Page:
In his 40-year Senate career, Stevens became the longest-serving Republican in Senate history and the seventh-longest-serving member. He cast the fifth-most votes with 15,033.
Stevens was born in Indianapolis in 1923. He served in the Army Air Corps in World War II in China from 1943 to 1946. He later attended Oregon State College and Montana State College, later earning his law degree from Harvard Law School in 1950.
He then worked in the Interior Department, but left to practice law in Anchorage where he was elected to the state House of Representatives in 1964. He served as the speaker pro tempore and majority leader, and was appointed to fill the U.S. Senate seat of the late E.L. Bartlett in 1968.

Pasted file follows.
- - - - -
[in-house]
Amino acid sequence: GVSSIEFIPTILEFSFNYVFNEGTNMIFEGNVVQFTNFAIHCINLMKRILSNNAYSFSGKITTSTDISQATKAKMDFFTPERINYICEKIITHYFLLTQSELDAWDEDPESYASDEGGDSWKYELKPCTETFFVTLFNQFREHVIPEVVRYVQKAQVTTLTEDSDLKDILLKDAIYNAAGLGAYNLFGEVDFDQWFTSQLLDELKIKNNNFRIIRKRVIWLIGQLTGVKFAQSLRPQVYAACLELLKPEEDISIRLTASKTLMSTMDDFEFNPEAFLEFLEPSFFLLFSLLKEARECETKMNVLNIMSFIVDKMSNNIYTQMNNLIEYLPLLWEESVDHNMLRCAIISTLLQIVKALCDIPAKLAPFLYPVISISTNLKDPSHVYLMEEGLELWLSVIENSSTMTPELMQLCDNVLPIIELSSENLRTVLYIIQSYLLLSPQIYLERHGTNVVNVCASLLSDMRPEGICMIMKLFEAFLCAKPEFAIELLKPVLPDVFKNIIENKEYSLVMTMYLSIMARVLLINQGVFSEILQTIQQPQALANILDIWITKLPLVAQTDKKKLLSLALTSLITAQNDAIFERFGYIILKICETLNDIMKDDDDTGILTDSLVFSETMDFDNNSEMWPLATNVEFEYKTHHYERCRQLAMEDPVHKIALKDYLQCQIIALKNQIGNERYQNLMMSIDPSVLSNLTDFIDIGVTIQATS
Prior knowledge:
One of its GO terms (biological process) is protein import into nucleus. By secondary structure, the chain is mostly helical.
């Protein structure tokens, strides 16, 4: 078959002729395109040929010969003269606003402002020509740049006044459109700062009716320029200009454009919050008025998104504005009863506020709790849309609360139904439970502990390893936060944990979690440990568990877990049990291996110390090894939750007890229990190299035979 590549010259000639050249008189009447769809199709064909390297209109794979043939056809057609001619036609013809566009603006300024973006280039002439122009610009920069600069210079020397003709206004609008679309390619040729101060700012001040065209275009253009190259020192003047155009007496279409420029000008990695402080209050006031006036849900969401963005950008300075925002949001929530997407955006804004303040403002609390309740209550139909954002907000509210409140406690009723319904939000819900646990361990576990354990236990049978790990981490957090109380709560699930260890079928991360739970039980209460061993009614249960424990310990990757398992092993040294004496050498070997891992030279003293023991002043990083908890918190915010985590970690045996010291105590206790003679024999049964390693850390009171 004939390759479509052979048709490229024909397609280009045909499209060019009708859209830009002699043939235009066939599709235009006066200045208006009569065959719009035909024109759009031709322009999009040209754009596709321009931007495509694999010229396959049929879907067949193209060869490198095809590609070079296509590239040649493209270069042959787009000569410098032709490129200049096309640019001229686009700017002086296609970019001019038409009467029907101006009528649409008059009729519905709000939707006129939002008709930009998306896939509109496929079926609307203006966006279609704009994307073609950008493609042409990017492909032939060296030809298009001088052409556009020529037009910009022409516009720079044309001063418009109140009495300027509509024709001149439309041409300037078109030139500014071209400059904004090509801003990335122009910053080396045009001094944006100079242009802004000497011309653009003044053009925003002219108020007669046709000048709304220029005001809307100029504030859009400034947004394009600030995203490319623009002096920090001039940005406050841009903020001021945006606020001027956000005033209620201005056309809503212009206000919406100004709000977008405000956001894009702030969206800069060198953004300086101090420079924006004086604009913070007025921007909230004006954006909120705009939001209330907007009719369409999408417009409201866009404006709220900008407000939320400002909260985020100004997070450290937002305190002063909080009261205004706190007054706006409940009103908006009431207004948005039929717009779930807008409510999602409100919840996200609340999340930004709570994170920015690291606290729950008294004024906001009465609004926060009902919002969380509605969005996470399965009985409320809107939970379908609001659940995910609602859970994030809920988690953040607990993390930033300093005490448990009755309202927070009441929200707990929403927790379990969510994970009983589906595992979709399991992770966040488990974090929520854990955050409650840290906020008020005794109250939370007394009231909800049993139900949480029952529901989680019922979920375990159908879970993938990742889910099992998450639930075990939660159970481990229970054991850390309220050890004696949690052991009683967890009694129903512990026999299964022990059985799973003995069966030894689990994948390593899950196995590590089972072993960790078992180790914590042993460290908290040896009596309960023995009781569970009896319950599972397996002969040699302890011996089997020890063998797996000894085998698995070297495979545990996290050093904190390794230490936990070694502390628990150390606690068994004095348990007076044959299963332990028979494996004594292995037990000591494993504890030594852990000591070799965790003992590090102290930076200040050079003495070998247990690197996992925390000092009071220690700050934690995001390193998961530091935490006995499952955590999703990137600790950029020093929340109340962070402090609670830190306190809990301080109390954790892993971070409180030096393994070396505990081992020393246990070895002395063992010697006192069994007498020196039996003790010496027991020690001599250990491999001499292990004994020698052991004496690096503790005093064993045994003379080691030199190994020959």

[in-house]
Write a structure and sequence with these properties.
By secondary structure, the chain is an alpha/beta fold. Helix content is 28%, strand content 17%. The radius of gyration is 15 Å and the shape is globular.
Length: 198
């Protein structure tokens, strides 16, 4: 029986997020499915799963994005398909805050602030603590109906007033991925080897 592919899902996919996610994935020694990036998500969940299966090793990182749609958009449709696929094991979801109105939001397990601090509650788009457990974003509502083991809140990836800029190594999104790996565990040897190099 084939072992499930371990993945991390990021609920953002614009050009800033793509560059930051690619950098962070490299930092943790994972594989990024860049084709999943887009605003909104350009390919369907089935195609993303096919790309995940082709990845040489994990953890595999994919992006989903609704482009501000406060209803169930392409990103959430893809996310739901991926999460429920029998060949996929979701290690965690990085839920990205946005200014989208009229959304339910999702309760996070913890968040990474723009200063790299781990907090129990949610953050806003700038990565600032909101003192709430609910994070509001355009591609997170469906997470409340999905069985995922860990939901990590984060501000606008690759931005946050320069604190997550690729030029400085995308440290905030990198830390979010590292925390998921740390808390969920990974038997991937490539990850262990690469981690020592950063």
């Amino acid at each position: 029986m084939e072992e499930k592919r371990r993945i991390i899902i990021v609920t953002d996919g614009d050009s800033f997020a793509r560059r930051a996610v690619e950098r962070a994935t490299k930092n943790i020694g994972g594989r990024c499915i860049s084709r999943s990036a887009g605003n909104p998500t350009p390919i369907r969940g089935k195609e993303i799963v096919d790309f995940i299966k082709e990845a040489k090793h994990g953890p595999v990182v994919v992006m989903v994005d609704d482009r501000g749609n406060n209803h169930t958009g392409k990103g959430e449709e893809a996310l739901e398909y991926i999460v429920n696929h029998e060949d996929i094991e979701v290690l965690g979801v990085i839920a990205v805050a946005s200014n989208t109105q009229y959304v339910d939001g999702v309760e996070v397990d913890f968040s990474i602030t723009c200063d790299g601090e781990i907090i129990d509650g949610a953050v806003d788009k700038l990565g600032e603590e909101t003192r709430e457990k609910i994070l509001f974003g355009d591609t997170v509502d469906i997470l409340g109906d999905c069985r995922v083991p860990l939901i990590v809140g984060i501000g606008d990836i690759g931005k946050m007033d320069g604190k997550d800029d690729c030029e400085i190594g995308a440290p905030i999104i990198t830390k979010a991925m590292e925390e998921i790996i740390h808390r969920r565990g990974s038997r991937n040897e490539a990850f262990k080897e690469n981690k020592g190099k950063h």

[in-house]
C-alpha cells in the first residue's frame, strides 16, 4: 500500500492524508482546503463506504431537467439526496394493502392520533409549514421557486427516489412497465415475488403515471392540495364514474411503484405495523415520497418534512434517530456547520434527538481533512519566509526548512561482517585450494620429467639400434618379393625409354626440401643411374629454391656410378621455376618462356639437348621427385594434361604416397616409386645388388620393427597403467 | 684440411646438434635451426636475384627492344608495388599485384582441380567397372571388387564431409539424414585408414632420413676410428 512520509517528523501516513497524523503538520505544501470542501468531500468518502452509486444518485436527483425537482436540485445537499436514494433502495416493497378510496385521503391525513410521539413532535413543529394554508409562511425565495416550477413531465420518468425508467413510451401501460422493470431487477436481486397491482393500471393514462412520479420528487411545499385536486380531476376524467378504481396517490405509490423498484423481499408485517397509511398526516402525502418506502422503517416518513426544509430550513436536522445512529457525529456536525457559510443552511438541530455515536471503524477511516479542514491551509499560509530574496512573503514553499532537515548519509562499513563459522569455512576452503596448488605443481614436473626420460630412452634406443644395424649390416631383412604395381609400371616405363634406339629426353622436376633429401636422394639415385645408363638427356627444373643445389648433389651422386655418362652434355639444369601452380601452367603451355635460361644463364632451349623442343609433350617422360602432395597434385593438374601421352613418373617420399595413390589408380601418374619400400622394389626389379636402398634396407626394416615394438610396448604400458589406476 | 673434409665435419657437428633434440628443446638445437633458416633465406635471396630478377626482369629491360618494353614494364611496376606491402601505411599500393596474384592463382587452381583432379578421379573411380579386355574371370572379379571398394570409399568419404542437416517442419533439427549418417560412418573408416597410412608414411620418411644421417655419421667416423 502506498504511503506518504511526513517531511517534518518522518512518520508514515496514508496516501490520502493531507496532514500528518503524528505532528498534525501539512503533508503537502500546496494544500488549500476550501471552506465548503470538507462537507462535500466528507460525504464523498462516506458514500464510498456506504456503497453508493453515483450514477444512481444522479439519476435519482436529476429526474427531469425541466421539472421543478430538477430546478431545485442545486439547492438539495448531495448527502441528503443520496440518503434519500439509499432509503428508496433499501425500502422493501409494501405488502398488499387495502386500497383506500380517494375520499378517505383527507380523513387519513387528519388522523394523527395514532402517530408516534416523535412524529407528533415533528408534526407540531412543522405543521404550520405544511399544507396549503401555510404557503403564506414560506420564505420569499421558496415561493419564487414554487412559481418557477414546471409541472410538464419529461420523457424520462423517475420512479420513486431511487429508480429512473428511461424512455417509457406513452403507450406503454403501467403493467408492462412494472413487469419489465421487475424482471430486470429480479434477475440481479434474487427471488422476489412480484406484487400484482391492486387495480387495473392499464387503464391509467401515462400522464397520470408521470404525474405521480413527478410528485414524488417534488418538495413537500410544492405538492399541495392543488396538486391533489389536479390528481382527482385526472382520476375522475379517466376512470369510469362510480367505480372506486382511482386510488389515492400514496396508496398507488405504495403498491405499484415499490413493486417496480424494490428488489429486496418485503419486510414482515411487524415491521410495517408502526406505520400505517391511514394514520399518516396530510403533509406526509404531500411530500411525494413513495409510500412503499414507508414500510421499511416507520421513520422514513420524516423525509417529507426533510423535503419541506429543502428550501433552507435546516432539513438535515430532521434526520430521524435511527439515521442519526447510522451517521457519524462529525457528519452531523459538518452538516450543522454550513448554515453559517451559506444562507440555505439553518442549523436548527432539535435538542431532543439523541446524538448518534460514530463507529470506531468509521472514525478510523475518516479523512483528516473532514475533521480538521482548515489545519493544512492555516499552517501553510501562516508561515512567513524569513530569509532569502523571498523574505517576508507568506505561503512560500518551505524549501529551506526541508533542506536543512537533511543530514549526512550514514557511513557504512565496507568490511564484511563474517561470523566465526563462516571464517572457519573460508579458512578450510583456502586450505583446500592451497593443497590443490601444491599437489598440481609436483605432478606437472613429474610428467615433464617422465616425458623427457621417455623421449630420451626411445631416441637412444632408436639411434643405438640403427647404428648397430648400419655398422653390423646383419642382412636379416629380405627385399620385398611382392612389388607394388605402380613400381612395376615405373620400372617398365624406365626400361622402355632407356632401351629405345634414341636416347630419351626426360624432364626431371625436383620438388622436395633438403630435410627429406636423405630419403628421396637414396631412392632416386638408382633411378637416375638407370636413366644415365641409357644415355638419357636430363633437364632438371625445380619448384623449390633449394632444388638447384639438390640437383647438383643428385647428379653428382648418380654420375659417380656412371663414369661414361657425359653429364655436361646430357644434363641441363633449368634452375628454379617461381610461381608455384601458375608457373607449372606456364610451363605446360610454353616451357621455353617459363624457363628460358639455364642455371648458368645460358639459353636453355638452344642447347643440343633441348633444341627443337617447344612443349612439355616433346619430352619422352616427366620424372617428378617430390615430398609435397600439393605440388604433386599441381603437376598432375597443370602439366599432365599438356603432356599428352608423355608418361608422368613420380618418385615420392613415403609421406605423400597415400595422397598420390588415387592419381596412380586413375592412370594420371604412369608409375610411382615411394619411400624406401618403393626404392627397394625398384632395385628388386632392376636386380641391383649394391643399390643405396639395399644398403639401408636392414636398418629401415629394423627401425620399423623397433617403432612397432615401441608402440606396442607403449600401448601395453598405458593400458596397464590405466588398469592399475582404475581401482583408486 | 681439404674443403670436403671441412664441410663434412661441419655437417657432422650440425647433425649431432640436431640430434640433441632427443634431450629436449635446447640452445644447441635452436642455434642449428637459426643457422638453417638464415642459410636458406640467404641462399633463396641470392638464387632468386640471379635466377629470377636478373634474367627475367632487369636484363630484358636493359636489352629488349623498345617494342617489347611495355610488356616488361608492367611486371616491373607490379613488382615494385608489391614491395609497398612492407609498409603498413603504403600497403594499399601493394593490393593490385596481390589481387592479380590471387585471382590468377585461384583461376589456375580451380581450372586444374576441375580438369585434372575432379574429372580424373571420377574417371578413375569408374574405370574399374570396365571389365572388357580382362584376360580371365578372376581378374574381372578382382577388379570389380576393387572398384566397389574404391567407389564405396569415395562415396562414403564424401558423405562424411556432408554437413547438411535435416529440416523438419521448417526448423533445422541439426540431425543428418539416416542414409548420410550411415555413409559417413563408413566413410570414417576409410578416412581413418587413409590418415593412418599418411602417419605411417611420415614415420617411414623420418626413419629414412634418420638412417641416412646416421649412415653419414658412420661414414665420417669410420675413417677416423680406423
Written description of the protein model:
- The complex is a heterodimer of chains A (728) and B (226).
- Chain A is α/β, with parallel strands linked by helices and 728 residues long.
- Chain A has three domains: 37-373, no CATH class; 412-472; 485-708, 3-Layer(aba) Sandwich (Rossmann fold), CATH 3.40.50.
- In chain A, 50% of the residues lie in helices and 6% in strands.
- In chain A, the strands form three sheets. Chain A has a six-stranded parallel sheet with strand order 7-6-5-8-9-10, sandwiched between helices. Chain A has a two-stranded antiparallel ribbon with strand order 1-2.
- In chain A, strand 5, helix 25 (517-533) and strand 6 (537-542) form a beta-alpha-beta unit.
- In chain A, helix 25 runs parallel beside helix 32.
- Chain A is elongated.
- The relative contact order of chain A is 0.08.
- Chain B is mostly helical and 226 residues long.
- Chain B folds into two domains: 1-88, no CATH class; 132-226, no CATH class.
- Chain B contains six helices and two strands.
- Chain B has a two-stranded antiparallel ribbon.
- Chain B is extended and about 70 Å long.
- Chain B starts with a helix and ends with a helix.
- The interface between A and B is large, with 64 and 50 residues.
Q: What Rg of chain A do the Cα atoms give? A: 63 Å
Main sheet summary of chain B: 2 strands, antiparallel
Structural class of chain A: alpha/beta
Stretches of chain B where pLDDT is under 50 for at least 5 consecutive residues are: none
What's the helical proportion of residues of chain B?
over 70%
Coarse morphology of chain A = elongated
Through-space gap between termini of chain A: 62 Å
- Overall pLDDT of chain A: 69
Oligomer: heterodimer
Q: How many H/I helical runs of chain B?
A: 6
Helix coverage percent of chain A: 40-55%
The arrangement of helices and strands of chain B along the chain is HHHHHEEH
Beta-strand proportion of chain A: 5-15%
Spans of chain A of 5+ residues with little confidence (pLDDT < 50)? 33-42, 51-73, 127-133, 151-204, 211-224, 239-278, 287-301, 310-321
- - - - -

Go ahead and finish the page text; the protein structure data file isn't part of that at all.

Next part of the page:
In the Senate, he was Republican whip between 1977 and 1985 and president pro tempore from 2003 to 2007.
In 2008, a federal grand jury indicted him for allegedly making false statements on financial disclosure paperwork. He was convicted and lost a re-election bid, but a federal judge threw out the conviction in 2009, citing prosecutorial misconduct.
Update: 3:15 p.m. | Miles O’Brien reports on Twitter that O’Keefe and his son survived the crash:
Alive! Sean O’Keefe and son Jonathan survive Alaska plane crash. Broken bones but survivable.
Update: 2:40 p.m. | A family spokesman, Mitch Rose, confirmed to The Associated Press that longtime Republican Sen. Ted Stevens, 86, was among those killed and that his family has been notified.